For if one is standing in front of a closed door - It’s not difficult to browse the internet and find a guideline on how to open a key-closed door and, likewise, it is not hard to ignore the mandatory sentence we read at the beginning of these directions: ‘Only open locks which belong to you, or ones you have been given express permission to open’.
What you’ll read here is - obviously - not an introduction to the ‘art of lock picking’ as it’s only logic to understand that the guideline has by no means the intention to explain what will be revealed when the lock surrenders itself to its intruder: It just isn’t important to know what we’ll find on the other side of the wall.
But how to approach a work of art that, at first glance, does not seem to give an indication of the meaning of its existence? To permeate the im- permeable, we will have to make use of the only thing, the only object in our access: a hairpin.
Those who still have difficulties containing their curiosity will close one eye and peek with the other through the keyhole to get an idea of what lies behind, yet, they will merely get a vague and confined image of a spectrum. Another way not to seem ‘desperate-to-know’ is to resist the dive (deep deep dive) into a symbolical interpretation of this seemingly small and futile tool, as it will tell us nothing about the way to handle it best and, finally, to click the lock.
The/A solution here could be a delineation of the object’s ordinary nature as art gives us the capacity to traverse materialities. The formal existence of this pin, with its characteristic 180-degree bend after which the curves in mountain roads are called, is determined by its purpose, its function to fix, to attach, to model.
What if a form is repeated, the same, but different? Fluctuating its usabil- ity, scale, pliability - balancing between the functional and the ornamen- tal? How far can you go from the object’s original mold to the point in which the object’s conceptual meaning completely changes? What about the idea of space in relation to the attached and the unattached? And does it all end when the hairpin becomes a wall itself: a concrete, impervious, almost conceptual caricature?
We wonder – repeatedly pinning, deforming, and fiddling the lock, but then realize, only when it is silent you can hear the pin drop.
As I look at your practice through pictures on the world wide web, the thoughts that I can form on it remain unclear. Not because your work might be unnoticeable, but because it seems never to wait for someone to look at it. It moves, as if every work is still tangibly tied to the process, the dynamics that have created it. What do you think it is that makes it difficult to grasp, to pin down into interpretations and explanations?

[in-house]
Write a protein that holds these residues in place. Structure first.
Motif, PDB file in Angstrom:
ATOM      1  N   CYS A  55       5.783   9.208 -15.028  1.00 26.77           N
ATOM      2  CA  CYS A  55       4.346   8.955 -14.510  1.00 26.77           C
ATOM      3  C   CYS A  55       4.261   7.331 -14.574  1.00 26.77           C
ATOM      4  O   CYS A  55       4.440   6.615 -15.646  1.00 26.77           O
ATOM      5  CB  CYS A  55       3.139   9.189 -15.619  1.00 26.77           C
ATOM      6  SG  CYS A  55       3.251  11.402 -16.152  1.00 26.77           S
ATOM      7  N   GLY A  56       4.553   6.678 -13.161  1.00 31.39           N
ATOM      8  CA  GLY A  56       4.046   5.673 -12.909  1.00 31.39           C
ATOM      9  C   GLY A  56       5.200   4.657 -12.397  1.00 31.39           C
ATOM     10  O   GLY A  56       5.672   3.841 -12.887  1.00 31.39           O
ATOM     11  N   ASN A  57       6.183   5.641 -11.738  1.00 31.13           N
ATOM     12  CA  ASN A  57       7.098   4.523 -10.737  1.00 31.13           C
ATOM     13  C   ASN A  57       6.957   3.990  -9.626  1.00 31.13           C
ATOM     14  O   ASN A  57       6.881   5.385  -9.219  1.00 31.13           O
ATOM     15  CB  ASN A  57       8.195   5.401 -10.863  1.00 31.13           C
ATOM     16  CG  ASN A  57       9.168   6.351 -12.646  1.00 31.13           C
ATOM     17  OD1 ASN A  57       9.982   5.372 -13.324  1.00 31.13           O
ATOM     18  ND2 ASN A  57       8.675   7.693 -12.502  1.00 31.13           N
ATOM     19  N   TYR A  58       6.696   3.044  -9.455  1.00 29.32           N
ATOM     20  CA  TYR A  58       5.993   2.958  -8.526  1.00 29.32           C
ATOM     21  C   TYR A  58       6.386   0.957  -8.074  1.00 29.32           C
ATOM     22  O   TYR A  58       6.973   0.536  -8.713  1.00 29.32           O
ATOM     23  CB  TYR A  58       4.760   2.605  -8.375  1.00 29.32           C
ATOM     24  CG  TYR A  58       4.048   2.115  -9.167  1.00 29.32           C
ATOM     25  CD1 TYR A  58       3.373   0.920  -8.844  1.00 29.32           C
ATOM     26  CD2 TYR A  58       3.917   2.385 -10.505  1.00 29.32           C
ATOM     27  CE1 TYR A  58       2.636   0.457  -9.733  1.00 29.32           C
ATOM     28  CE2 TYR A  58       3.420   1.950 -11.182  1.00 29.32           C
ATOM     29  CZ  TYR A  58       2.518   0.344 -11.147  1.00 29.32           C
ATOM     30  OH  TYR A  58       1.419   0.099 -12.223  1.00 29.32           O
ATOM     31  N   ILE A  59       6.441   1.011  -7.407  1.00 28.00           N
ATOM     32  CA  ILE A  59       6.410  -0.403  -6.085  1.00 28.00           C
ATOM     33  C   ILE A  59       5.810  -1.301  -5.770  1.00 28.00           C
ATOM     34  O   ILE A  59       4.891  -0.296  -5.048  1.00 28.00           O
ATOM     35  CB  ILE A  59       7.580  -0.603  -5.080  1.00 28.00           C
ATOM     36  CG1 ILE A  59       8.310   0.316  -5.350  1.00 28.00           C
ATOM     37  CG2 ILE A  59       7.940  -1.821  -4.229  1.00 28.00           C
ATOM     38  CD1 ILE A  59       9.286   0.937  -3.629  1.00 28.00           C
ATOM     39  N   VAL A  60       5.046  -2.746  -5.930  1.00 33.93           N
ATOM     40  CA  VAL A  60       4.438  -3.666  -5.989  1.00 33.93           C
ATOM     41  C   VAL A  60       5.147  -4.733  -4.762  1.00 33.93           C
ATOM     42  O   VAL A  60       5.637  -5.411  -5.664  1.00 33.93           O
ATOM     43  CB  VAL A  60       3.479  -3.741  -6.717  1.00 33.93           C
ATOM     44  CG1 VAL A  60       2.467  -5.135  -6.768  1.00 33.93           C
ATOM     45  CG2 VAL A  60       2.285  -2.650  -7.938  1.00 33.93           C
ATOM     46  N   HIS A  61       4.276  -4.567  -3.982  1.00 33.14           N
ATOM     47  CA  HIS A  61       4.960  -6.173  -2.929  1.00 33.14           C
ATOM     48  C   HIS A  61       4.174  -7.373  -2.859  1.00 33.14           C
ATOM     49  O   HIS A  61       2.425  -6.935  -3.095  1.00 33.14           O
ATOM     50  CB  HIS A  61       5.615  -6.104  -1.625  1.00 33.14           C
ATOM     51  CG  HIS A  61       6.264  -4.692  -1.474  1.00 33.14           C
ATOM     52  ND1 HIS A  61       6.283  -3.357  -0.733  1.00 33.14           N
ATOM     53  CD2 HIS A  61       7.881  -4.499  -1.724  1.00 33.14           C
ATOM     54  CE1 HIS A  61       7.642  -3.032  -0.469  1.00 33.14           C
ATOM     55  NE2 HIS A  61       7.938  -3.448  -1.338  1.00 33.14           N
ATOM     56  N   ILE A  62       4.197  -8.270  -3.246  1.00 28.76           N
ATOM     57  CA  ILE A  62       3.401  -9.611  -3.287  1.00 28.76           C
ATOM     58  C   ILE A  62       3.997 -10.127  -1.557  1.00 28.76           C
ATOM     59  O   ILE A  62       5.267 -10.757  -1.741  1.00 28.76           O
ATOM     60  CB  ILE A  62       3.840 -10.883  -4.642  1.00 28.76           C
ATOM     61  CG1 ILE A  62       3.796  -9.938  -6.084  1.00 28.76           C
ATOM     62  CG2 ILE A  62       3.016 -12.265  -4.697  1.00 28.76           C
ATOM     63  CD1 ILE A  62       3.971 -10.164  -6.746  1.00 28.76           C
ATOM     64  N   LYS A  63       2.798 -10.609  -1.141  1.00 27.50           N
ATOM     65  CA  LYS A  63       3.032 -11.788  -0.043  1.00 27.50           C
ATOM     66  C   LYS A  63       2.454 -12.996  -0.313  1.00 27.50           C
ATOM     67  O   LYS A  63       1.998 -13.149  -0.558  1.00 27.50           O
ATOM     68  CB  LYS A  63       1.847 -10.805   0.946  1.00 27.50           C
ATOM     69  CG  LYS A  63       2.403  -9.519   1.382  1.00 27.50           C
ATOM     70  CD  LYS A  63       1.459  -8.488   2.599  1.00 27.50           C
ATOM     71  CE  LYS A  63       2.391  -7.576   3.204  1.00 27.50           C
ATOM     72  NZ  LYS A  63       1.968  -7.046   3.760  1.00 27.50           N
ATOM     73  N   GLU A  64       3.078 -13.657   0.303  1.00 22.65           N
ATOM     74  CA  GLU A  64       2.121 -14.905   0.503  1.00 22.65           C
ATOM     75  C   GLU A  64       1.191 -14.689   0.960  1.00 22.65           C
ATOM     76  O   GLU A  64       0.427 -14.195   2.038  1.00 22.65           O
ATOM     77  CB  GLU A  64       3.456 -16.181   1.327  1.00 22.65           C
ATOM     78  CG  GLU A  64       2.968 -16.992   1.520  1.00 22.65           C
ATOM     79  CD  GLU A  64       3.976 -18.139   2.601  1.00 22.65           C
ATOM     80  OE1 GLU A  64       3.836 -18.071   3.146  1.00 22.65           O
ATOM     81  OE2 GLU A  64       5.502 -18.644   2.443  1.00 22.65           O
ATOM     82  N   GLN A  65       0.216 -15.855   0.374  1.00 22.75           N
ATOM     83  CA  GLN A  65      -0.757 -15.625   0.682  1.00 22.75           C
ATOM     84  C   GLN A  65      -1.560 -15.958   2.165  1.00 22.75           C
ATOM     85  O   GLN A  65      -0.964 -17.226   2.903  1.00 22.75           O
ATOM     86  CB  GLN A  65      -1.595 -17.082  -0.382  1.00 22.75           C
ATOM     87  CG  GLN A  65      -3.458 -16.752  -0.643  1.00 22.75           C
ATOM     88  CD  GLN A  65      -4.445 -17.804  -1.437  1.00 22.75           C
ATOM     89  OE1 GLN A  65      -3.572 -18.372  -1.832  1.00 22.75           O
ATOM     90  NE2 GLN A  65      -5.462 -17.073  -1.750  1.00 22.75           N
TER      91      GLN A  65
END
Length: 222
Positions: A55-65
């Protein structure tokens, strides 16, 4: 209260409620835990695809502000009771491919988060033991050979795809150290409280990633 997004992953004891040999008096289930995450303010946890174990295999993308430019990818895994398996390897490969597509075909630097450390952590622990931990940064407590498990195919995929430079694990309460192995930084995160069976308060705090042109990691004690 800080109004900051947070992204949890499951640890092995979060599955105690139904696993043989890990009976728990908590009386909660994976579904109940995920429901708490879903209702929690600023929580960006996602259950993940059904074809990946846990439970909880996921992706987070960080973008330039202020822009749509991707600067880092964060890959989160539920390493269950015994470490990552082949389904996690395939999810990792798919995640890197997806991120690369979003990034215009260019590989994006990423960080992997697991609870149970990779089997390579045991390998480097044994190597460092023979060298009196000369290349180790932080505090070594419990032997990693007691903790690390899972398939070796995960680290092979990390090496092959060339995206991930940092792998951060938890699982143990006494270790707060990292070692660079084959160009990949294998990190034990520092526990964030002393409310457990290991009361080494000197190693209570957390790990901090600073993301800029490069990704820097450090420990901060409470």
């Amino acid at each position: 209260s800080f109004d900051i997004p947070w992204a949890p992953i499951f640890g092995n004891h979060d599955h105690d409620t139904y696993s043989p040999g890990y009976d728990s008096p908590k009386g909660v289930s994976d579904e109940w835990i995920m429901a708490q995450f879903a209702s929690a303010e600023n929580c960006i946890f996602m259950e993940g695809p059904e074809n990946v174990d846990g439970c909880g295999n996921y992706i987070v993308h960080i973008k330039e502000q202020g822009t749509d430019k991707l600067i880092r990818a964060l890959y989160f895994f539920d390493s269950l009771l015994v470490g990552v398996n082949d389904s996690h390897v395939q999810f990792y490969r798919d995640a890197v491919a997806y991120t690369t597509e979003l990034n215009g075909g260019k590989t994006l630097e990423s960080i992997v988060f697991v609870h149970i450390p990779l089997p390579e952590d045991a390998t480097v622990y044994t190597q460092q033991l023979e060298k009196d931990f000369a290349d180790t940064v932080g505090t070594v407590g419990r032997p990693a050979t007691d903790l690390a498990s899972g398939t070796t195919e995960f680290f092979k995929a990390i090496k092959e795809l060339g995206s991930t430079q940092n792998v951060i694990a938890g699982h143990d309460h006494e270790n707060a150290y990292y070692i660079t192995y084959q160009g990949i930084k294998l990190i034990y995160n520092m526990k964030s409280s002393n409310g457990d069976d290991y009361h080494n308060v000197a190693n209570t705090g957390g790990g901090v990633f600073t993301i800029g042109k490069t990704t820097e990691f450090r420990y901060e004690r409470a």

And at the same time, it feels layered. It feels as if your work opens dialogues on its own. It emits different conversations that unfold in a polyphonic entirety, that float, as I can float on their unstable rhythm. I could ask it, you, many questions. But maybe your work itself asks more questions than it could ever answer?
Maybe it keeps the answers within it? In the process that produces it? The materials that carry it? The space it resides in?
Maybe its answers remain always unclear, leaving me with more questions. Maybe it resides in limbo, between photography, sculpture and installation?
We saw each other at your studio, and agreed that your work really needs but few words, that questions communicate enough. I agree with you. Its movement may be arrested when fixated in answers. So I am hesitant to write you again.
Yet the work I saw in your studio clings to me. I have quite an unclear picture of what was said that evening. Sentences moving like your practice – 'focus shifts all the time', you said –, impossible to finish one before another comes to mind. But your images and objects do persist in my mind.
What universe will your works create, what space within the exhibition space? Will they draw lines right through it, allying disparate objects, subtly but surely, as they have in my thoughts?
Is it contradictory that I think about your work as creating a universe, shaping a space, drawing lines of alliance, while the word 'fragmented' was omnipresent in our conversation?
‘Fragmented’, ‘broken’: poignant characterizations of that conversation. And of your work’s materiality. For however a space is shaped – or however shape exists in space – what can we see of its material dimension but fragments?
Is more information, then, simultaneously more fragmentation, more movement, multiplying lines of alliance? Will looking at the photographs you made, choreographing and signifying your objects, further blur any possible sentences about them?
Now caught up in the polyphonic movement of your practice – the movement that before I was merely observing – what I can clearly and unambiguously understand is its relation to our Zeitgeist. Or maybe it is a paradox, this unambiguous understanding. For is not our Zeitgeist essentially ambiguous? Polyphonic, fragmented, and shaped by a an ever growing multiplicity of transforming lines of alliance?